That why Joseph, dont expect to find total similarities with any sword pattern as my teacher introduced very unique moves and angles including the holding of the sword at the handle. Most people would hold the sword with the focus and grip in the forefingers (thumb and index) but the correct holding as you recall is in the in the thumb and the 3rd and 4th finger.

    In addition, you cannot do sword correctly without all your ligaments elongated.

    Healthcare Crisis – Modern Prescription Medicine

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    A headline in Natural News raised this awareness from yellow alert to maximum alert.

    Healthcare cost is already eating the life and budget of Americans.  However, that hard earned money spent seems to be buying worst things and health risk than advertised.

    Statistics prove prescription drugs are 16,400% more deadly than terrorists

    The News report goes on by saying: “…Americans today are used to fixing problems the quick way – even when it comes to their health. Thus, they rely heavily on prescription drugs to fix their diseases. For every conceivable ailment – real or not – chances are there’s a pricey prescription drug to “treat” it. Chances are even better that their drug of choice comes chock full of side effects.”

    There was a groundbreaking 2003 medical report Death by Medicine, by Drs. Gary Null, Carolyn Dean, Martin Feldman, Debora Rasio and Dorothy Smith, that listed 783,936 people in the United States die every year from conventional medicine mistakes.

    In addition, hospitals further contribute to the crisis.

    “Over a million patients are injured in U.S. hospitals each year, and approximately 280,000 die annually as a result of these injuries. Therefore, the iatrogenic death rate dwarfs the annual automobile accident mortality rate of 45,000 and accounts for more deaths than all other accidents combined.” Sounds familiar? Is worst than that! This statistic is from a report (1995 U.S. iatrogenic report) issued 10 years ago, when America had 34 million fewer citizens and drug company scandals like the Vioxx recall were yet to occur. Today, health care comprises 15.5 percent of the United States’ gross national product, with spending reaching $1.4 trillion in 2004.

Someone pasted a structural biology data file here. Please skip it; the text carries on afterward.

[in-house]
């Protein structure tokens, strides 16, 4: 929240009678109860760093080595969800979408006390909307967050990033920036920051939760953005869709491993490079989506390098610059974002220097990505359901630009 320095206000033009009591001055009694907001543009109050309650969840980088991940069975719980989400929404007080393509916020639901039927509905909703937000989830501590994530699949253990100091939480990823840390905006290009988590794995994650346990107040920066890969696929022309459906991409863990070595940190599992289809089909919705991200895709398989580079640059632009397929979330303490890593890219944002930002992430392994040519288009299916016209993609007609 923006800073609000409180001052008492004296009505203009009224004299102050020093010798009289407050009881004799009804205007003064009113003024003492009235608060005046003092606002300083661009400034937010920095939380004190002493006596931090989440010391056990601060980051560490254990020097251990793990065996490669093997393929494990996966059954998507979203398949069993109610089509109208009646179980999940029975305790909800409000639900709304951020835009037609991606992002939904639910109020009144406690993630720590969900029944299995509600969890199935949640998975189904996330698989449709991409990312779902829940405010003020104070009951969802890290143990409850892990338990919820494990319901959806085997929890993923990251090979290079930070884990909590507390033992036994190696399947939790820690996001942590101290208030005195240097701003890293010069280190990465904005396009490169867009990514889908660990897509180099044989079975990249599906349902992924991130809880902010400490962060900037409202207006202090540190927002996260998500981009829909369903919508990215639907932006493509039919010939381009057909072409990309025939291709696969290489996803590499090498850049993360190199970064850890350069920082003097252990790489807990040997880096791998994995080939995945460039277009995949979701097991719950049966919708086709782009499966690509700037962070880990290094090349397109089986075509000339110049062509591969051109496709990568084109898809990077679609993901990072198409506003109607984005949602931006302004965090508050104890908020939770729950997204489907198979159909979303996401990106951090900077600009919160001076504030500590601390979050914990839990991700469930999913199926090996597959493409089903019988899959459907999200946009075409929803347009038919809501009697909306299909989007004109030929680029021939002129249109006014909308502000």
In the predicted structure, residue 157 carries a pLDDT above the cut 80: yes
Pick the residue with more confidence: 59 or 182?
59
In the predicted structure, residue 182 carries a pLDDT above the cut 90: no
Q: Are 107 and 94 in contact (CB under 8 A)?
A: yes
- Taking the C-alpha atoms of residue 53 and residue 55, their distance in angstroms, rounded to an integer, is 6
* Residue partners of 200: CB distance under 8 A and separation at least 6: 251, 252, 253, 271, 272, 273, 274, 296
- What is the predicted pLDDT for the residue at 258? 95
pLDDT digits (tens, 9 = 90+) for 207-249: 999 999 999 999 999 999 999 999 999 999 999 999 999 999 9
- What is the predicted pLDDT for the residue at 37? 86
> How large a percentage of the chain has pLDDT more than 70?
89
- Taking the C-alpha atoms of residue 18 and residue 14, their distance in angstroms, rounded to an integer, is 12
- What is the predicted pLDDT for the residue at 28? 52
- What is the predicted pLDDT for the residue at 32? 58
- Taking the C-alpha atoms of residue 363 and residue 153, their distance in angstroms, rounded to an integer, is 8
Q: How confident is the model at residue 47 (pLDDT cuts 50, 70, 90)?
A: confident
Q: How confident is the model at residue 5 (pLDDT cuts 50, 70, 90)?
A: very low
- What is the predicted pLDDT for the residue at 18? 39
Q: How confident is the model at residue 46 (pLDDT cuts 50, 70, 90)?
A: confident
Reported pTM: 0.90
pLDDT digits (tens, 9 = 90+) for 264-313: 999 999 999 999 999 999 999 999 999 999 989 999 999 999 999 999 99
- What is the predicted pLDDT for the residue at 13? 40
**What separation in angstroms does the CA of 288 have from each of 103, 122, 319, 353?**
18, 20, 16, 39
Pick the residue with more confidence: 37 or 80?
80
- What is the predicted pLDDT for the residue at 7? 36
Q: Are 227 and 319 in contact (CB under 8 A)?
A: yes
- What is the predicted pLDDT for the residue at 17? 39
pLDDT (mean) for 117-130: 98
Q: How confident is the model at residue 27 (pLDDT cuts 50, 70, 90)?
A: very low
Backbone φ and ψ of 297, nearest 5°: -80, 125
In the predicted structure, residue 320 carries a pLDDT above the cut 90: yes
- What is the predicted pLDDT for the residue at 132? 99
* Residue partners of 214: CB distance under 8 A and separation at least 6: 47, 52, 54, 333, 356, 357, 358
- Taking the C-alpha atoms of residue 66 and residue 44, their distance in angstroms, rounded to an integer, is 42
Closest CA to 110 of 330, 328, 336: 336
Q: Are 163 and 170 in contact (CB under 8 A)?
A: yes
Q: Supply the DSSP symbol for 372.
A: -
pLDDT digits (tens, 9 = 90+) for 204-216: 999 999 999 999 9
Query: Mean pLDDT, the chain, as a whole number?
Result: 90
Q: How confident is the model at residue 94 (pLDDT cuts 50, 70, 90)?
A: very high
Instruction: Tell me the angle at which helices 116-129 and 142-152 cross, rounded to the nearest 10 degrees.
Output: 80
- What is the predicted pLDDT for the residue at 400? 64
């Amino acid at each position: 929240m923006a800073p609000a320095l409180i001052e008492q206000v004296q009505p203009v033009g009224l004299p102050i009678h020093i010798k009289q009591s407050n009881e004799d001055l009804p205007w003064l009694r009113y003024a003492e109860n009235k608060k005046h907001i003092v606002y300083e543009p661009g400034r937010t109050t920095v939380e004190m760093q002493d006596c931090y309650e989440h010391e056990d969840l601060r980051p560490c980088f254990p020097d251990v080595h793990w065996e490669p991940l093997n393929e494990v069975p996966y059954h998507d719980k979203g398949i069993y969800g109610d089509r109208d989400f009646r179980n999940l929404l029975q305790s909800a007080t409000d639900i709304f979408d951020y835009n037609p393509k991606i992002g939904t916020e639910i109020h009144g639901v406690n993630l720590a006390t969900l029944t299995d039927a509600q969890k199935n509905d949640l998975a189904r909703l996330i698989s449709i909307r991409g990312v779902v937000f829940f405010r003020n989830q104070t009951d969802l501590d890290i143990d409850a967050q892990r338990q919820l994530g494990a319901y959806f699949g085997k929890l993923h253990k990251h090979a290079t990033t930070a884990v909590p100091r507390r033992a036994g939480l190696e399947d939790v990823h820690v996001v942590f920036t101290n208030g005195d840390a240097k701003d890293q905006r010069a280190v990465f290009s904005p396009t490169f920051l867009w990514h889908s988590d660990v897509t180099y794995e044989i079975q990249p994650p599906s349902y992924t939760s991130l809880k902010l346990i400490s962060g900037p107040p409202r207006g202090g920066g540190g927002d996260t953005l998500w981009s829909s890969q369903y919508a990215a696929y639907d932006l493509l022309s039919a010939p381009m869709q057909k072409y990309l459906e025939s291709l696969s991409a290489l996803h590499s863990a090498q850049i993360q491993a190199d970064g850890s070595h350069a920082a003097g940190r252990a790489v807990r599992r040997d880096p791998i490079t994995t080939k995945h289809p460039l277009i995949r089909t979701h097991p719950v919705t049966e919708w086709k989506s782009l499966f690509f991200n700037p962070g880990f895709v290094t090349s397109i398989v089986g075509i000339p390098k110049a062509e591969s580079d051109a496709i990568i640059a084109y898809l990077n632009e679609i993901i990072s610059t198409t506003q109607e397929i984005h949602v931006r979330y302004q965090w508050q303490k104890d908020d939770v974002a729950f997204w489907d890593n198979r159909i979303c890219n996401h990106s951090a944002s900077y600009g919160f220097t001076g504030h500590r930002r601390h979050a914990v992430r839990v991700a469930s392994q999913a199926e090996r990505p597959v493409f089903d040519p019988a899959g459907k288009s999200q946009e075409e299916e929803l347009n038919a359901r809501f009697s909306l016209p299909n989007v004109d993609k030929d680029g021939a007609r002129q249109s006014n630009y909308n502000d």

A Model for Longevity and Good Health – The Taiji Way

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    I read the synopsis of Master Li Qingyun (李清雲) (1677-1933) of Sichuan, China and it impressed me as a role model to follow.

    Master Li Qingyun was a Chinese herbalist, martial artist and tactical advisor. He claimed to be born in 1736, while disputed records suggest 1677. Both alleged lifespans of 197 and 256 years far exceed the longest confirmed lifespan in the western world of the French woman Jeanne Calment (122 years).


    Some claim that Li Ching-Yuen was born in 1677 in Qi Jiang Xian, Sichuan Province.  By his own account, Master Li said he was born in 1736.  However, in a 1930 New York Times  article, reported discovery of Imperial Chinese government records from 1827 congratulating one Qingyun on his 150th birthday, and further documents later congratulating him on his 200th birthday in 1877. In 1928, a New York Times correspondent wrote that many of the old men in Li’s neighborhood asserted that their grandfathers knew him when they were boys, and that he at that time was a grown man. Further prove of his likely earlier birth date.  (It is customary as a humble Chinese practice to not boast of his/her accomplishments which would explain why Master Li would not provide his earlier date.

    Master Li began early in his life gathering herbs in the mountain ranges at the age of ten, and also began learning of longevity methods, surviving on a diet of herbs and rice wine. He lived this way for the first 100 years of his life. In 1749, when he was 71 years old, he moved to Kai Xian to join the Chinese army as a teacher of the martial and as a tactical advisor.

    One of his disciples, the Taijiquan Master Da Liu told of Master Li’s story: at 130 years old Master Li encountered an older hermit over 500 years old, in the mountains who taught him Baguazhang and a set of Qigong with breathing instructions, movements training coordinated with specific sounds, and dietary recommendations. Da Liu reports that his master said that his longevity “is due to the fact that I performed the exercises every day – regularly, correctly, and with sincerity – for 120 years.”